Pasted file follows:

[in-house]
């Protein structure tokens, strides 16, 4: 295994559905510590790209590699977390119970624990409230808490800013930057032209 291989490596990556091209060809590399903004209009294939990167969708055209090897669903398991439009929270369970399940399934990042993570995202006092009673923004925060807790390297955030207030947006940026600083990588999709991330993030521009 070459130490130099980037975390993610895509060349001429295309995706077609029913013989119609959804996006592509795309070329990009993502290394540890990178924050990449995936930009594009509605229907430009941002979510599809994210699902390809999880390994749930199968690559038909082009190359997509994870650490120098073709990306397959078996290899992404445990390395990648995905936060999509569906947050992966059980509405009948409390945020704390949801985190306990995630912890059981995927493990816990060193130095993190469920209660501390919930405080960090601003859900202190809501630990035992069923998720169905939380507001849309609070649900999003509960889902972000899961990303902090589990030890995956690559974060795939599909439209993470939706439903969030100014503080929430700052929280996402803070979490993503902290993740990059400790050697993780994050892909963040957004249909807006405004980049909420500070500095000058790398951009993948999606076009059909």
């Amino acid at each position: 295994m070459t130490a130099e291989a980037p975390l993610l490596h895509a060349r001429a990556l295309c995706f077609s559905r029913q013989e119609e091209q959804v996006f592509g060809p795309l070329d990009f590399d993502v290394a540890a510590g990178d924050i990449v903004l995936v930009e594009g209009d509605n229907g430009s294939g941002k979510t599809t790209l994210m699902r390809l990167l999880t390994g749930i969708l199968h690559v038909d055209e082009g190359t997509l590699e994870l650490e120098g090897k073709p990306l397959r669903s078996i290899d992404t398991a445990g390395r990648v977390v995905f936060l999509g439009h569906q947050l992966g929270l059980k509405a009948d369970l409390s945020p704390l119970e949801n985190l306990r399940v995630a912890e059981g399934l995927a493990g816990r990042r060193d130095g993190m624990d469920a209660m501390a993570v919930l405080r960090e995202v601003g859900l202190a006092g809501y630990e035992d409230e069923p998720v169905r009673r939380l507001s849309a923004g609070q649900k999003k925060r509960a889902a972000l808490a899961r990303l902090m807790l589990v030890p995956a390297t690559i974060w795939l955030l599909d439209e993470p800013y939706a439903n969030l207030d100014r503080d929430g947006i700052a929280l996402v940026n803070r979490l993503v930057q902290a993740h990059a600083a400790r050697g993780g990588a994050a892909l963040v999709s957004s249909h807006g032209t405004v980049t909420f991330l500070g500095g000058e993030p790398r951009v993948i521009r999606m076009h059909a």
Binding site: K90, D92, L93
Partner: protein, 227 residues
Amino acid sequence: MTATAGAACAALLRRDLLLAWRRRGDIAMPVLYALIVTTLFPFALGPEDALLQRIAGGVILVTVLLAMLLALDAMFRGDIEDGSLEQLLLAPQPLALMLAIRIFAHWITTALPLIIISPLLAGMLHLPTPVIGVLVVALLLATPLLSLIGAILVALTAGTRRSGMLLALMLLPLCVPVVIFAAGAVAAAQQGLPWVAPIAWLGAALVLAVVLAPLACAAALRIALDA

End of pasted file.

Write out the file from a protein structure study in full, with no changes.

[in-house]
């Protein structure tokens, strides 16, 4: 295994559905510590790209590699977390119970624990409230808490800013930057032209 291989490596990556091209060809590399903004209009294939990167969708055209090897669903398991439009929270369970399940399934990042993570995202006092009673923004925060807790390297955030207030947006940026600083990588999709991330993030521009 070459130490130099980037975390993610895509060349001429295309995706077609029913013989119609959804996006592509795309070329990009993502290394540890990178924050990449995936930009594009509605229907430009941002979510599809994210699902390809999880390994749930199968690559038909082009190359997509994870650490120098073709990306397959078996290899992404445990390395990648995905936060999509569906947050992966059980509405009948409390945020704390949801985190306990995630912890059981995927493990816990060193130095993190469920209660501390919930405080960090601003859900202190809501630990035992069923998720169905939380507001849309609070649900999003509960889902972000899961990303902090589990030890995956690559974060795939599909439209993470939706439903969030100014503080929430700052929280996402803070979490993503902290993740990059400790050697993780994050892909963040957004249909807006405004980049909420500070500095000058790398951009993948999606076009059909």
């Amino acid at each position: 295994m070459t130490a130099e291989a980037p975390l993610l490596h895509a060349r001429a990556l295309c995706f077609s559905r029913q013989e119609e091209q959804v996006f592509g060809p795309l070329d990009f590399d993502v290394a540890a510590g990178d924050i990449v903004l995936v930009e594009g209009d509605n229907g430009s294939g941002k979510t599809t790209l994210m699902r390809l990167l999880t390994g749930i969708l199968h690559v038909d055209e082009g190359t997509l590699e994870l650490e120098g090897k073709p990306l397959r669903s078996i290899d992404t398991a445990g390395r990648v977390v995905f936060l999509g439009h569906q947050l992966g929270l059980k509405a009948d369970l409390s945020p704390l119970e949801n985190l306990r399940v995630a912890e059981g399934l995927a493990g816990r990042r060193d130095g993190m624990d469920a209660m501390a993570v919930l405080r960090e995202v601003g859900l202190a006092g809501y630990e035992d409230e069923p998720v169905r009673r939380l507001s849309a923004g609070q649900k999003k925060r509960a889902a972000l808490a899961r990303l902090m807790l589990v030890p995956a390297t690559i974060w795939l955030l599909d439209e993470p800013y939706a439903n969030l207030d100014r503080d929430g947006i700052a929280l996402v940026n803070r979490l993503v930057q902290a993740h990059a600083a400790r050697g993780g990588a994050a892909l963040v999709s957004s249909h807006g032209t405004v980049t909420f991330l500070g500095g000058e993030p790398r951009v993948i521009r999606m076009h059909a």
Binding site: K90, D92, L93
Partner: protein, 227 residues
Amino acid sequence: MTATAGAACAALLRRDLLLAWRRRGDIAMPVLYALIVTTLFPFALGPEDALLQRIAGGVILVTVLLAMLLALDAMFRGDIEDGSLEQLLLAPQPLALMLAIRIFAHWITTALPLIIISPLLAGMLHLPTPVIGVLVVALLLATPLLSLIGAILVALTAGTRRSGMLLALMLLPLCVPVVIFAAGAVAAAQQGLPWVAPIAWLGAALVLAVVLAPLACAAALRIALDA